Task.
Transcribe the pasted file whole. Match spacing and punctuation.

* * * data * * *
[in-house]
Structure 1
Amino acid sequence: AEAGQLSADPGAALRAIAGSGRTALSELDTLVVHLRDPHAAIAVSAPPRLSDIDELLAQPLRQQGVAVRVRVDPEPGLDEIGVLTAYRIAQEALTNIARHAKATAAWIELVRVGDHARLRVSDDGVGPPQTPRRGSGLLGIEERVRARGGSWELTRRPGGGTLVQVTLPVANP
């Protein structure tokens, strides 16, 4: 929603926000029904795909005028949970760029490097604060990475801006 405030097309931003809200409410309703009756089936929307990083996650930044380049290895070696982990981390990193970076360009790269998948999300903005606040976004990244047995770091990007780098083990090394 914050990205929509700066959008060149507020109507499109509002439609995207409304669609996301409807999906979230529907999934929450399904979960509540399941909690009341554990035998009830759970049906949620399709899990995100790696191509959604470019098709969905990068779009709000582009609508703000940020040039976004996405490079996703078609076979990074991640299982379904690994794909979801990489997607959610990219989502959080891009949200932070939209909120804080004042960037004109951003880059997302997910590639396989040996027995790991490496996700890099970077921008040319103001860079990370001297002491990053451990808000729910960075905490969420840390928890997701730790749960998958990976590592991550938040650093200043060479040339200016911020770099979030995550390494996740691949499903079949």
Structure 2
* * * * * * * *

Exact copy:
[in-house]
Structure 1
Amino acid sequence: AEAGQLSADPGAALRAIAGSGRTALSELDTLVVHLRDPHAAIAVSAPPRLSDIDELLAQPLRQQGVAVRVRVDPEPGLDEIGVLTAYRIAQEALTNIARHAKATAAWIELVRVGDHARLRVSDDGVGPPQTPRRGSGLLGIEERVRARGGSWELTRRPGGGTLVQVTLPVANP
């Protein structure tokens, strides 16, 4: 929603926000029904795909005028949970760029490097604060990475801006 405030097309931003809200409410309703009756089936929307990083996650930044380049290895070696982990981390990193970076360009790269998948999300903005606040976004990244047995770091990007780098083990090394 914050990205929509700066959008060149507020109507499109509002439609995207409304669609996301409807999906979230529907999934929450399904979960509540399941909690009341554990035998009830759970049906949620399709899990995100790696191509959604470019098709969905990068779009709000582009609508703000940020040039976004996405490079996703078609076979990074991640299982379904690994794909979801990489997607959610990219989502959080891009949200932070939209909120804080004042960037004109951003880059997302997910590639396989040996027995790991490496996700890099970077921008040319103001860079990370001297002491990053451990808000729910960075905490969420840390928890997701730790749960998958990976590592991550938040650093200043060479040339200016911020770099979030995550390494996740691949499903079949």
Structure 2